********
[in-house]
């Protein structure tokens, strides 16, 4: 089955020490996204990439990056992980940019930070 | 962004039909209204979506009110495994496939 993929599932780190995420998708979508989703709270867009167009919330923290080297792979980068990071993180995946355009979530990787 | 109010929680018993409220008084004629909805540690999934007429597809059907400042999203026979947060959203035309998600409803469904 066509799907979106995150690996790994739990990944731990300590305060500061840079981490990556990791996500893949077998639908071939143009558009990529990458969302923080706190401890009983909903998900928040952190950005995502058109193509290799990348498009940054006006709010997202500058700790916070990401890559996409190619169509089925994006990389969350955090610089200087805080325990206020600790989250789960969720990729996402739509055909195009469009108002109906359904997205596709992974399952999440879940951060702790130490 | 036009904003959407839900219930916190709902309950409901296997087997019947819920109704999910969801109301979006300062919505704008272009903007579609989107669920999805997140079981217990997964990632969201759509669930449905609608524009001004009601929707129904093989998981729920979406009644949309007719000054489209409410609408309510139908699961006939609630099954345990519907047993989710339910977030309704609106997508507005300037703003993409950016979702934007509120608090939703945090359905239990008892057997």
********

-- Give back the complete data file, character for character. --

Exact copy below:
[in-house]
């Protein structure tokens, strides 16, 4: 089955020490996204990439990056992980940019930070 | 962004039909209204979506009110495994496939 993929599932780190995420998708979508989703709270867009167009919330923290080297792979980068990071993180995946355009979530990787 | 109010929680018993409220008084004629909805540690999934007429597809059907400042999203026979947060959203035309998600409803469904 066509799907979106995150690996790994739990990944731990300590305060500061840079981490990556990791996500893949077998639908071939143009558009990529990458969302923080706190401890009983909903998900928040952190950005995502058109193509290799990348498009940054006006709010997202500058700790916070990401890559996409190619169509089925994006990389969350955090610089200087805080325990206020600790989250789960969720990729996402739509055909195009469009108002109906359904997205596709992974399952999440879940951060702790130490 | 036009904003959407839900219930916190709902309950409901296997087997019947819920109704999910969801109301979006300062919505704008272009903007579609989107669920999805997140079981217990997964990632969201759509669930449905609608524009001004009601929707129904093989998981729920979406009644949309007719000054489209409410609408309510139908699961006939609630099954345990519907047993989710339910977030309704609106997508507005300037703003993409950016979702934007509120608090939703945090359905239990008892057997």